Thursday, February 24, 2005

You journalists always tell a lie

Amy, a journalism student, is laughed at in a joke by a law professional today. A veteran law professor, who is ranked as one of the most important professionals in China's intellectual property law, told me that he didn't like to be interviewed. "The stories written by the reporters are not always what I told them, though I repeated myself many times." He said.

It is hard to tell if it is the fault of the reporters or the interviewees. But the world, including the financial field, seems full of examples.

The dollar's broadly falling down this Tuesday is blamed as the mispresentation by the reporters and market participants. In New York, the euro was trading around $1.3203, up 1.1 per cent from Monday. Also against the yen the dollar was down 1.3 per cent to 104.20 yen, according to Reuters. Many traders seized on the news from the Bank of Korea(the Central Bank in South Korea), that the bank may "diversify the currencies in which it invests", as a convenient excuse to sell dollars. The bank, however, said that its statements had been misconstrued. It has no plan to sell dollars, according to Kang Myun Mo, director general of reserve management at the bank, reported by Asian Wall Street Journal. But the sentence of "diversify the currencies in which it invests" is indeed easy to be misunderstood in such a sensitive environment. Fortunately, a better-than-expected January consumer prices data partly saved dollar on Wednesday, while the bank directors in Asia, including Japan, announced that they had no plan to sell dollars.


The same thing happened to General Motors Corp, the world's No.1 auto maker, today when a Swedish nespaper named Dagens Industri said that the company was looking for a buyer for its loss-making Swedish car brand Saab, reported by Reuters and other media. The newspaper quoted a source with a good link to GM. Later today, GM blamed the report in the words- "the rumor is totally preposterous", though it admitted that Saab needed to improve its performance. It is difficult to judge now if GM told truth or not, but it is now facing a stronger competitor in US, where it is based, when the Japanese Toyota will lately set up more assembly plant there. There is a chance that GM curiously needs plenty of cash to protect its based market.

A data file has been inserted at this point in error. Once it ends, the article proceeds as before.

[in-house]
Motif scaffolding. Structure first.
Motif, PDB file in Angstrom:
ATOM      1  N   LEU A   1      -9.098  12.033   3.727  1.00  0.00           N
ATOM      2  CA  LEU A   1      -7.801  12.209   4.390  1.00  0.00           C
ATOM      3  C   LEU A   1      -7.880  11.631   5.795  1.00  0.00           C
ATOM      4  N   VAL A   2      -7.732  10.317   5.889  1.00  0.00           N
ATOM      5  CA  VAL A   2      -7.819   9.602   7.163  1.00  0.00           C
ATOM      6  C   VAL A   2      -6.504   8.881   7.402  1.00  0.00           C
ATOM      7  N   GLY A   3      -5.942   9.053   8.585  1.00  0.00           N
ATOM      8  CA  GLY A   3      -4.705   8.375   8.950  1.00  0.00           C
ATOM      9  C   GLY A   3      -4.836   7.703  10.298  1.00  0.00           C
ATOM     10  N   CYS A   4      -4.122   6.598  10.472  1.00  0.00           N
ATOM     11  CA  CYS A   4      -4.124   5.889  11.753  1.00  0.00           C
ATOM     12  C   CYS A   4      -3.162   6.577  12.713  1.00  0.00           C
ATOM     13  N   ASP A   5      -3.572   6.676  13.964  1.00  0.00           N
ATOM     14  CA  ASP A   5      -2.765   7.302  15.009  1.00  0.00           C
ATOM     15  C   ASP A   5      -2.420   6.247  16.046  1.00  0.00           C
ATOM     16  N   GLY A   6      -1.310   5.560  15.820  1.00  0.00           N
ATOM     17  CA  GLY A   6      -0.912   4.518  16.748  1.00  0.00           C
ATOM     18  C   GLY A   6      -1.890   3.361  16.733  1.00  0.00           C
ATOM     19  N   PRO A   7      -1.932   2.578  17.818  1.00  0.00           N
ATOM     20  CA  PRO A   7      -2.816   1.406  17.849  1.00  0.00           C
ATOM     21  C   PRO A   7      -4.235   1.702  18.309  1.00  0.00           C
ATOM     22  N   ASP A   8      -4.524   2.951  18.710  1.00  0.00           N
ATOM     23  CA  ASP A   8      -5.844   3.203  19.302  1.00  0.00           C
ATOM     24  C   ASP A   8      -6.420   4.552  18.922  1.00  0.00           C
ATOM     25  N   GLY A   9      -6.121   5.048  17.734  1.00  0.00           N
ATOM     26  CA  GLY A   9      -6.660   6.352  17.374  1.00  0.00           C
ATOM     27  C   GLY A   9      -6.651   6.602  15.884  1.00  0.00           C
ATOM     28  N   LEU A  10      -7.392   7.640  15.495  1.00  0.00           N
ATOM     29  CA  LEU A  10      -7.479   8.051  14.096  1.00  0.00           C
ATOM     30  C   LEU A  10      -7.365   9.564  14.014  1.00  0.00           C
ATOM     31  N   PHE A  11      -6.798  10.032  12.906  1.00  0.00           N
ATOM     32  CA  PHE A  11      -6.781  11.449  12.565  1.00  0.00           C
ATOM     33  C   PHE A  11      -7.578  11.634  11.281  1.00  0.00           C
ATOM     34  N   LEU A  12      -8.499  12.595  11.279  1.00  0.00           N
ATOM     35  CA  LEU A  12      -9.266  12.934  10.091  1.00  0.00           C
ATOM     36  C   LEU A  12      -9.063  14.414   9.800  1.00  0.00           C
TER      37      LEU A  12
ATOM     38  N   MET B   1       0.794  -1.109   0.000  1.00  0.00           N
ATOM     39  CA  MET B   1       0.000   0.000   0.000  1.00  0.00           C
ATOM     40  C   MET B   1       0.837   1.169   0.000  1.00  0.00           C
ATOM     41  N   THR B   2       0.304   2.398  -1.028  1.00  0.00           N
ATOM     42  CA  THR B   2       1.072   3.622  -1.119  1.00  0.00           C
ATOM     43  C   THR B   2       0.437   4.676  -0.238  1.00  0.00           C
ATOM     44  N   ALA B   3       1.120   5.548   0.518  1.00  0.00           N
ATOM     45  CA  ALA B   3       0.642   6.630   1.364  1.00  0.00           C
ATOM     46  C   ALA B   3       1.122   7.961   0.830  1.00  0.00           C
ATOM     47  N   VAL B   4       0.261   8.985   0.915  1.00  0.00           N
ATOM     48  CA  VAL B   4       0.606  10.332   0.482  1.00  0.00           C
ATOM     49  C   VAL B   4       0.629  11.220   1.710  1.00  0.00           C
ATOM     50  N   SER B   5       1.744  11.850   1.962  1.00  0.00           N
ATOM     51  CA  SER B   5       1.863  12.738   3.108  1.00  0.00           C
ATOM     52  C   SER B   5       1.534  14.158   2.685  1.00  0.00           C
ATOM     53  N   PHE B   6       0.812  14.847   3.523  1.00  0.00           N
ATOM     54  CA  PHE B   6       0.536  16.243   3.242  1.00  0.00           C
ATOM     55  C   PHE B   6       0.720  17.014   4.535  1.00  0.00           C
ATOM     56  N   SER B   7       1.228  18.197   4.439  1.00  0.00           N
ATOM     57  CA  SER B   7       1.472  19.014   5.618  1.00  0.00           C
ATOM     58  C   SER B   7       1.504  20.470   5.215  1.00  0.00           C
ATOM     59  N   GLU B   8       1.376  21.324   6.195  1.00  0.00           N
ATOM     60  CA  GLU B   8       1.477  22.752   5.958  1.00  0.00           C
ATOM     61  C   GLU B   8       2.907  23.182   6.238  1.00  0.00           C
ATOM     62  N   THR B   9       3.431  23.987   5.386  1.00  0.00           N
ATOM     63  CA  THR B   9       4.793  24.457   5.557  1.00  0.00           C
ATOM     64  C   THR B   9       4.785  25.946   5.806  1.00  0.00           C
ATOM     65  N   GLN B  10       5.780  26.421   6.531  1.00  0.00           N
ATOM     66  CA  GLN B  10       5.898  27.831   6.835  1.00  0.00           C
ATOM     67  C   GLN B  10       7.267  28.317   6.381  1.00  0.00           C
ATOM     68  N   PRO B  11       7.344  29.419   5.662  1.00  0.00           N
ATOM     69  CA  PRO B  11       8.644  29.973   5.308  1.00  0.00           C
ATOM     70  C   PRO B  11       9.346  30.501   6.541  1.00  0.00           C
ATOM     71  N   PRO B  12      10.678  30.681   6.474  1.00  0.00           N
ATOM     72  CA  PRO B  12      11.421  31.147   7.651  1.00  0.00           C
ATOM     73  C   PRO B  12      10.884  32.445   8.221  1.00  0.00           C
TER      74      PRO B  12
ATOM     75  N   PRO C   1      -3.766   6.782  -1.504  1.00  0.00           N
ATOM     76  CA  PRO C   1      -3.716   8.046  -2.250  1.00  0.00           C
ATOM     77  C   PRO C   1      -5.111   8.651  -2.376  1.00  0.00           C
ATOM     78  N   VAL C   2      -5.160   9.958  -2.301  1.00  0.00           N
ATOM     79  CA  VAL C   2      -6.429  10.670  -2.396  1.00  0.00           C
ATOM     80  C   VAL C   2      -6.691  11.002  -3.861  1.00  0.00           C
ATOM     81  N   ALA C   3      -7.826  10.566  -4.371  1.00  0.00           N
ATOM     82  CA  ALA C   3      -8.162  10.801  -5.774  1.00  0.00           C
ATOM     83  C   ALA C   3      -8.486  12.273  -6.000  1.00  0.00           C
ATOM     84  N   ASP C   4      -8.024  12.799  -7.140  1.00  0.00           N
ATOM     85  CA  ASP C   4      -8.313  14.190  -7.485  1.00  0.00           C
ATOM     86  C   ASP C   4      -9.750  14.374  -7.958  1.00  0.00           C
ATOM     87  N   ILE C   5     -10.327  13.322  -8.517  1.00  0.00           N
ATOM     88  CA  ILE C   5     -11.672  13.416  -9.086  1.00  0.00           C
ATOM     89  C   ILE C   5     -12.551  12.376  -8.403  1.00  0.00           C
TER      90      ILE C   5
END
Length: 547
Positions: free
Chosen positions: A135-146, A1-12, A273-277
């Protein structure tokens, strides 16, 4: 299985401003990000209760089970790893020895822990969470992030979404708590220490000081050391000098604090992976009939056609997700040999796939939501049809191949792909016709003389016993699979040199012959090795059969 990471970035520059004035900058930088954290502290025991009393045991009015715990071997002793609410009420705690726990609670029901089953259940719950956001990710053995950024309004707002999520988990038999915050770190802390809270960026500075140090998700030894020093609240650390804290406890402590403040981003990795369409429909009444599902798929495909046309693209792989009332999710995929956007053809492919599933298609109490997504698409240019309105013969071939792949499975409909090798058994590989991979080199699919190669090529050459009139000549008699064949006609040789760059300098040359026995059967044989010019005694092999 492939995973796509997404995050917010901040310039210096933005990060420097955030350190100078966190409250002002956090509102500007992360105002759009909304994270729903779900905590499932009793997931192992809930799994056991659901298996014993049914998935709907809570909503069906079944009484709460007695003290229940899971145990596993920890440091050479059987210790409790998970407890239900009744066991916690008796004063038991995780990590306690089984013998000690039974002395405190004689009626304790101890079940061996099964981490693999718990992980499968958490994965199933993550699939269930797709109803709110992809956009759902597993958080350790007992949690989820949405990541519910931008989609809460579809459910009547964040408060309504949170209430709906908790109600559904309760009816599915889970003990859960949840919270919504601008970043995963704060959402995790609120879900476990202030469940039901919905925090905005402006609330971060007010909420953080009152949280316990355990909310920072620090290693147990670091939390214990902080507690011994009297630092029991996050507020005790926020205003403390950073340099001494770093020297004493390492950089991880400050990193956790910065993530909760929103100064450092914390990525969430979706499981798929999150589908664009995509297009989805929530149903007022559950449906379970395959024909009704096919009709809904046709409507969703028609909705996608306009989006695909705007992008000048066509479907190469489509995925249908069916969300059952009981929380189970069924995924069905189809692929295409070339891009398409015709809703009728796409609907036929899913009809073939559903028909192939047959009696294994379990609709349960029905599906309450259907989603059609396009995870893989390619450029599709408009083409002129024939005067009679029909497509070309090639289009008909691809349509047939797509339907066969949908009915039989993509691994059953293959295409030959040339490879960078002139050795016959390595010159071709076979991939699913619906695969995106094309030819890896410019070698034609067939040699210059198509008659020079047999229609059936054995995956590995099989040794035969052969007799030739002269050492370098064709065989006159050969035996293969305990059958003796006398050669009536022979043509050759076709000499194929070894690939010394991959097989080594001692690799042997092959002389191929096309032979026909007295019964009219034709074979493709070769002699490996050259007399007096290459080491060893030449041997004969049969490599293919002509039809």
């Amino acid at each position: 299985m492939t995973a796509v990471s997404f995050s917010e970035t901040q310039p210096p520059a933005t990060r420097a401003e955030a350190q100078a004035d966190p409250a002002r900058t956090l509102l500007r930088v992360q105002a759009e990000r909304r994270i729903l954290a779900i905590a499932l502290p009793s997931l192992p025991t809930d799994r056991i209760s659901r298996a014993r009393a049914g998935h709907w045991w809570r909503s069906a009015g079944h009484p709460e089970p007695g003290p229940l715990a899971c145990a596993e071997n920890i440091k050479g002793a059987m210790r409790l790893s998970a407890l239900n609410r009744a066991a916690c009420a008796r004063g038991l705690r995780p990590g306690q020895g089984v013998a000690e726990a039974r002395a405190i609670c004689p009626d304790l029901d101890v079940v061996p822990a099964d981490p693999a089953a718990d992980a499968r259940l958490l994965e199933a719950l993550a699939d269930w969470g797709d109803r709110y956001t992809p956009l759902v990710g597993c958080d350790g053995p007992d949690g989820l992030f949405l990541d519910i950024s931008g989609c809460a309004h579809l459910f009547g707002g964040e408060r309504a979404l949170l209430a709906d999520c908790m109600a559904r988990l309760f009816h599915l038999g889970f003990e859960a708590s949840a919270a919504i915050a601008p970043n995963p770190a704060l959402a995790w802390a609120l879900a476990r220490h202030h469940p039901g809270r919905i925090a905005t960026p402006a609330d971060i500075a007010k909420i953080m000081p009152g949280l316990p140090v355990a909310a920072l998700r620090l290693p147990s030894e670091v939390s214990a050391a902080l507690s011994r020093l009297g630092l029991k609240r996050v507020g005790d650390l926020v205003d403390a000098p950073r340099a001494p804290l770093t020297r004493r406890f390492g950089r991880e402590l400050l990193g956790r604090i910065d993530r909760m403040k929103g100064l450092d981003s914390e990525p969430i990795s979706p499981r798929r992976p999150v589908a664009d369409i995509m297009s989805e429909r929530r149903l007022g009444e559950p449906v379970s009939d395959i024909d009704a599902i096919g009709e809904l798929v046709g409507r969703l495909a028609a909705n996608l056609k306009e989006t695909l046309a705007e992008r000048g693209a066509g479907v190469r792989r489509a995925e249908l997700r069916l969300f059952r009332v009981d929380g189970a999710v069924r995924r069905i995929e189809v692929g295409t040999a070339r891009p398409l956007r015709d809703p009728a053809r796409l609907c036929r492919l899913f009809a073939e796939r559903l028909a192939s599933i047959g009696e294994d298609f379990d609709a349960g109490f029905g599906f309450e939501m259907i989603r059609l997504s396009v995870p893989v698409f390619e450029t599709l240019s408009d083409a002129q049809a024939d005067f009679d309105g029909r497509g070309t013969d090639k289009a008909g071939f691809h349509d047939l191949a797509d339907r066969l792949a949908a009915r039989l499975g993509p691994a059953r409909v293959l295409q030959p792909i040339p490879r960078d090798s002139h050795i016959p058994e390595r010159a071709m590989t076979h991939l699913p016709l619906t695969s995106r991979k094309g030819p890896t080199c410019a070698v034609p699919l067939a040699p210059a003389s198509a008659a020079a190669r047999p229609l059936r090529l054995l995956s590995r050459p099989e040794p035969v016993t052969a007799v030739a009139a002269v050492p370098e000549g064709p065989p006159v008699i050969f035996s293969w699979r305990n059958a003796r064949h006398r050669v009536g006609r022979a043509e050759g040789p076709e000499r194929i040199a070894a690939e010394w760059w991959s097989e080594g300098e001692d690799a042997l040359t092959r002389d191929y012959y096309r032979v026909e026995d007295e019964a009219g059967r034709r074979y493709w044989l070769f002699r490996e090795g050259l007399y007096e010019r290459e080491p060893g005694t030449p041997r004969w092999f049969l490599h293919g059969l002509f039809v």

5 comments:

無塵工作室 said...

Yes....the incident on Tuesday got me worked up as well, as I actually rang Hong Kong (Ms. Ng, who works in the bank and manages my account), and tried to gather my available funds and prepare to do some buying as the whole world comes crashing down...but the next day this ended with nothing happening...Damn!

Well, when it comes to interpretating which person said what, especially in newspapers, one has to be vigilent I think, because it's a really subjective thing, and these things often happen, which is why there's always surprises in the market. But apart from the integrity of its source, the motive behind the report should also be examined...was it merely a silly mistake of misinterpretation? or is there's a message, a motive behind it?

Well, BoK can always deny they never said that, but who knows what they were thinking? They may have intended it themselves for all I know; as well as the cause, we can also examine the effect it had - US market responded to it at a near catastrophic level, and we can learn something from that as well - the US economy is very fragile, and will eventually become overly dependent on foreign players...I wouldn't totally believe the newspaper, but not the spokesperson either, however high their position in the company is.

As a rule of thumb for me, when journalist quote statements from unnamed sources, I don't tend to believe it, because if the statement has nothing wrong with them, why afraid to show ur name?

That's why when I read newspapers, I will always remember the journalist who has a good reputation, because I believe this has very much to do with the reports trustworthiness.

Amy or koala said...

But in Asia, if reporters quote some annoymous sources, you have to trust it sometimes. It is Asian culture to protect themselves.

Amy or koala said...

hehe, who is your trusted journalist, I wonder.

無塵工作室 said...

Yes...in a way, I tend to discount comments and sometimes overlook the reason for anonymity...these are actually very common in newspaper as well, but in UK I don't tend to believe them. I guess if the statements seems rational, I can keep that in mind instead of discarding it.

Most journalists I trust are in newspaper and in the UK, but online, your blog is the only one I read^^.

Amy or koala said...

thanks for your kind words:) I will try to be neutral and factual